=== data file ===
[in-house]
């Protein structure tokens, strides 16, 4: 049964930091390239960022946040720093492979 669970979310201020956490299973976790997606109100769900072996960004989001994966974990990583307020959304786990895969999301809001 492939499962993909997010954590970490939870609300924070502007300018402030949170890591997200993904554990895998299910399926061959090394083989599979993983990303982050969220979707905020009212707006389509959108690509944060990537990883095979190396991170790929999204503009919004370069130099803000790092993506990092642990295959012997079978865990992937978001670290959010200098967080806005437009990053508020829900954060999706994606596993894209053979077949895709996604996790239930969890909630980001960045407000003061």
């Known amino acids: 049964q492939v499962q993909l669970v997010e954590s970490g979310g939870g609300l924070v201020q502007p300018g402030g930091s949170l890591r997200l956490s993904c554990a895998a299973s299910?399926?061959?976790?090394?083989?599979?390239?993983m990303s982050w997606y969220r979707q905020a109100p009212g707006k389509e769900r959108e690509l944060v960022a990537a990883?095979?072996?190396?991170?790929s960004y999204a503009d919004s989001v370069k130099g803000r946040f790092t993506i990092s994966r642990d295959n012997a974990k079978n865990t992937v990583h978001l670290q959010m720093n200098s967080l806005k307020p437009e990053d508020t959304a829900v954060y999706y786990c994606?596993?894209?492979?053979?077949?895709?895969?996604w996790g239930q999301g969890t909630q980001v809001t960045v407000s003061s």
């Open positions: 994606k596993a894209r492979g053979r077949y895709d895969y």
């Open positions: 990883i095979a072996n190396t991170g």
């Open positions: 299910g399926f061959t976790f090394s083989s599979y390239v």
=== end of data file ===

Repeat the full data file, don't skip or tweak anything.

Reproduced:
[in-house]
């Protein structure tokens, strides 16, 4: 049964930091390239960022946040720093492979 669970979310201020956490299973976790997606109100769900072996960004989001994966974990990583307020959304786990895969999301809001 492939499962993909997010954590970490939870609300924070502007300018402030949170890591997200993904554990895998299910399926061959090394083989599979993983990303982050969220979707905020009212707006389509959108690509944060990537990883095979190396991170790929999204503009919004370069130099803000790092993506990092642990295959012997079978865990992937978001670290959010200098967080806005437009990053508020829900954060999706994606596993894209053979077949895709996604996790239930969890909630980001960045407000003061």
């Known amino acids: 049964q492939v499962q993909l669970v997010e954590s970490g979310g939870g609300l924070v201020q502007p300018g402030g930091s949170l890591r997200l956490s993904c554990a895998a299973s299910?399926?061959?976790?090394?083989?599979?390239?993983m990303s982050w997606y969220r979707q905020a109100p009212g707006k389509e769900r959108e690509l944060v960022a990537a990883?095979?072996?190396?991170?790929s960004y999204a503009d919004s989001v370069k130099g803000r946040f790092t993506i990092s994966r642990d295959n012997a974990k079978n865990t992937v990583h978001l670290q959010m720093n200098s967080l806005k307020p437009e990053d508020t959304a829900v954060y999706y786990c994606?596993?894209?492979?053979?077949?895709?895969?996604w996790g239930q999301g969890t909630q980001v809001t960045v407000s003061s």
């Open positions: 994606k596993a894209r492979g053979r077949y895709d895969y």
């Open positions: 990883i095979a072996n190396t991170g």
């Open positions: 299910g399926f061959t976790f090394s083989s599979y390239v």